47 Ronin was not what I expected. I sat down and braced myself for a completely plotless swords-and-sorcery romp with a bit of Asian flair. What I got was a retelling of the story of the Forty-seven Ronin.
I'm happy with that.
I'm also happy with the fact that Keanu Reeves is not our protagonist. That role is taken on by Hiroyuki Sanada, who totally delivers the goods.
This movie poster is weird. Not pictured:
- The protagonist
- The antagonist
- The love interest
- The faces of any of the 47 ronin
- The antagonist's witch
- The magical half-breed, who functions kind of like Merlin in a story about Arthur
- The antagonist's metal-masked champion who doesn't actually do very much besides be taller than everyone else
- A burning town made out of ships, but which we don't see burn in the film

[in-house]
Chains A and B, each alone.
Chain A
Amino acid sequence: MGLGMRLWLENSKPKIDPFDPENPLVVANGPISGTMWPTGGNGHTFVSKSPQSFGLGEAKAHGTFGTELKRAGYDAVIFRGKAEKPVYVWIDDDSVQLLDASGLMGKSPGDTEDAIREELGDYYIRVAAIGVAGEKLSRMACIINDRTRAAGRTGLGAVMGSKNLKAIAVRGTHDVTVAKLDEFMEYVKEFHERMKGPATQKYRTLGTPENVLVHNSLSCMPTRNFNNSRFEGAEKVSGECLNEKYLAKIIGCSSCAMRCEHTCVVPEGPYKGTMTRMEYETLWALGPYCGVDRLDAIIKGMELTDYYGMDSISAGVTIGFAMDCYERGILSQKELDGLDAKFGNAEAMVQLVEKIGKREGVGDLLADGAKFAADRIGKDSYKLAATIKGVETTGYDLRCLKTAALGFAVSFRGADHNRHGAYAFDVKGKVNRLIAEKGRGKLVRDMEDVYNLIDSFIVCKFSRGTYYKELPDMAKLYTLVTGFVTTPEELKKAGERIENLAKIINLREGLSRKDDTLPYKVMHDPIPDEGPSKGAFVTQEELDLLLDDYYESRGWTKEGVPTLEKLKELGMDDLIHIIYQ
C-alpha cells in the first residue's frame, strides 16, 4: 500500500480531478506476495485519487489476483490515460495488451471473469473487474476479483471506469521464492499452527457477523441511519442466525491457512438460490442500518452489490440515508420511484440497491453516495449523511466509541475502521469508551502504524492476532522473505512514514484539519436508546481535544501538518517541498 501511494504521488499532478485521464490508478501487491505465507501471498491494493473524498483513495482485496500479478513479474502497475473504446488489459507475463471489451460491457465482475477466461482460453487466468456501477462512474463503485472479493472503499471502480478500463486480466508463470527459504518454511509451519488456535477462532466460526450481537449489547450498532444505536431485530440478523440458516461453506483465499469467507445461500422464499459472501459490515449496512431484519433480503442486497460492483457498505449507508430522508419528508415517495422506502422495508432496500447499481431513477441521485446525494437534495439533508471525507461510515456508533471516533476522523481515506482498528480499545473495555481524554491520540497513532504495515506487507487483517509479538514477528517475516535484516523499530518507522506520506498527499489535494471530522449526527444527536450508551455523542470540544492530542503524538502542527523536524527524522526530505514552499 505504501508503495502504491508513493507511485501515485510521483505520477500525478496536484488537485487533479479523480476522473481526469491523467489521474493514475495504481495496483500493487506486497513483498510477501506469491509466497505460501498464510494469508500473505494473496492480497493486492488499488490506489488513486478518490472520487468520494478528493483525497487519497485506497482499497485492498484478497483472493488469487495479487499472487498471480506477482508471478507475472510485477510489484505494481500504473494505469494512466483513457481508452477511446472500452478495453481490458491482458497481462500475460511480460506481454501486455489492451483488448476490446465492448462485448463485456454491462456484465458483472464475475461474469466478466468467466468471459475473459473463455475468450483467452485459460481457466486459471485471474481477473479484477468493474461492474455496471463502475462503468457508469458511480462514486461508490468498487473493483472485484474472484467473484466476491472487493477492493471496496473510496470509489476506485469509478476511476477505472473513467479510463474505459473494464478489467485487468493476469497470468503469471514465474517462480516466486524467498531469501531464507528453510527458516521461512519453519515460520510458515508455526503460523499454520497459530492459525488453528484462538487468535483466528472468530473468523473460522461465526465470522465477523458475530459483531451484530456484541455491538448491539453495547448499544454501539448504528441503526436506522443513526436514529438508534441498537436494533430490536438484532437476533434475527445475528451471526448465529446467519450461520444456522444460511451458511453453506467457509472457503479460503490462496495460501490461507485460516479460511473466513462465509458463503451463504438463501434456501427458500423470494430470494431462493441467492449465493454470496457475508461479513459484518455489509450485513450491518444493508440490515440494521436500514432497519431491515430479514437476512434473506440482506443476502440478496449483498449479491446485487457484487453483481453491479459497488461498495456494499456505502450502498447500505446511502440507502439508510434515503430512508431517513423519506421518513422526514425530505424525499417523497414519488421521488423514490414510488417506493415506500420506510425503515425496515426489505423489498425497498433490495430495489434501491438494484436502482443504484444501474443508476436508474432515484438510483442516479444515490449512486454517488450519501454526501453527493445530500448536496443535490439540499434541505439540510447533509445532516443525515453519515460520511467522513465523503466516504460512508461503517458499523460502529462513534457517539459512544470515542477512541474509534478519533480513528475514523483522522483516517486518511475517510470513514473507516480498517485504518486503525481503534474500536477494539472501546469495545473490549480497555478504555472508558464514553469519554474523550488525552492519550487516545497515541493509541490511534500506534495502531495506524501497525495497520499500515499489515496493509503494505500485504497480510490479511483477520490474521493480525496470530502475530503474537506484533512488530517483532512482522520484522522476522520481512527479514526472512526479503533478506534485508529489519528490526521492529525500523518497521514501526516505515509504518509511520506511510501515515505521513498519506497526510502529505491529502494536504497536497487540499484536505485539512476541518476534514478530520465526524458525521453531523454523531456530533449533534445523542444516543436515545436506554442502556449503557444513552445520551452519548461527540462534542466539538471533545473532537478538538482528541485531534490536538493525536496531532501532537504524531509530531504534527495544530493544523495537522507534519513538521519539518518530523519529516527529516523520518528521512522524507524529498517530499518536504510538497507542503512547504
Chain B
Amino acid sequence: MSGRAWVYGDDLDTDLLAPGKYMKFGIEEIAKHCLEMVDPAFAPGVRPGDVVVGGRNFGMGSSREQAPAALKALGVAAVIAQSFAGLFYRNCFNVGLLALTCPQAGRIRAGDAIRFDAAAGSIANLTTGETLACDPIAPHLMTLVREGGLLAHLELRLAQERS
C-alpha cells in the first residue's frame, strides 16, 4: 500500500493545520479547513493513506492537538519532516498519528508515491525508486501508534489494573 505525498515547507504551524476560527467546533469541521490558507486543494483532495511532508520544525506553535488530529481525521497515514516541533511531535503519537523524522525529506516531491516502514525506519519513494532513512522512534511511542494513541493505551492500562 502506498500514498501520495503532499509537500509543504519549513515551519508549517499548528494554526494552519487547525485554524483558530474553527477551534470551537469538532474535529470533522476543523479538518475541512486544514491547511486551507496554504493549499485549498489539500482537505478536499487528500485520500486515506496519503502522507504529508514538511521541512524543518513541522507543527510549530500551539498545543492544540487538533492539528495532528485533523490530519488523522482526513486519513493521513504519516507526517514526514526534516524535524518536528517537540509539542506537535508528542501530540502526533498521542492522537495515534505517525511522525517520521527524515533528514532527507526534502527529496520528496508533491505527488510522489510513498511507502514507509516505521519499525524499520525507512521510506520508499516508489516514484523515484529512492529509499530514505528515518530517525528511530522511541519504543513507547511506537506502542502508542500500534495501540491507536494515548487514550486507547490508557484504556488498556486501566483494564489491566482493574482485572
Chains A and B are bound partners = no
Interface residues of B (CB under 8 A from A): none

- A tattooed guy, from the town made out of ships, and who functions an a scary doorman
- A silhouette which is probably Ôishi, our protagonist, but I'm not counting that as picturing him because honestly, you wouldn't know this until after you saw the film.
So the poster is misleading and the trailers are misleading but for me the film didn't suffer at all for that. The poster and the trailers put me in the seat, and then contrary to my expectations I was told a story that was far truer to Japanese culture than American audiences have any reason to expect right now.
It's a powerful story. It didn't need Keanu Reeves or the pirate town, or even the magical stuff to work, but it probably needed those things in order to get greenlit, so I'll take it. 47 Ronin comes in at #13 for me this year, crossing the Threshold of Awesome for good use of effects, not white-washing anything, and not flinching at the end.blog comments powered by Disqus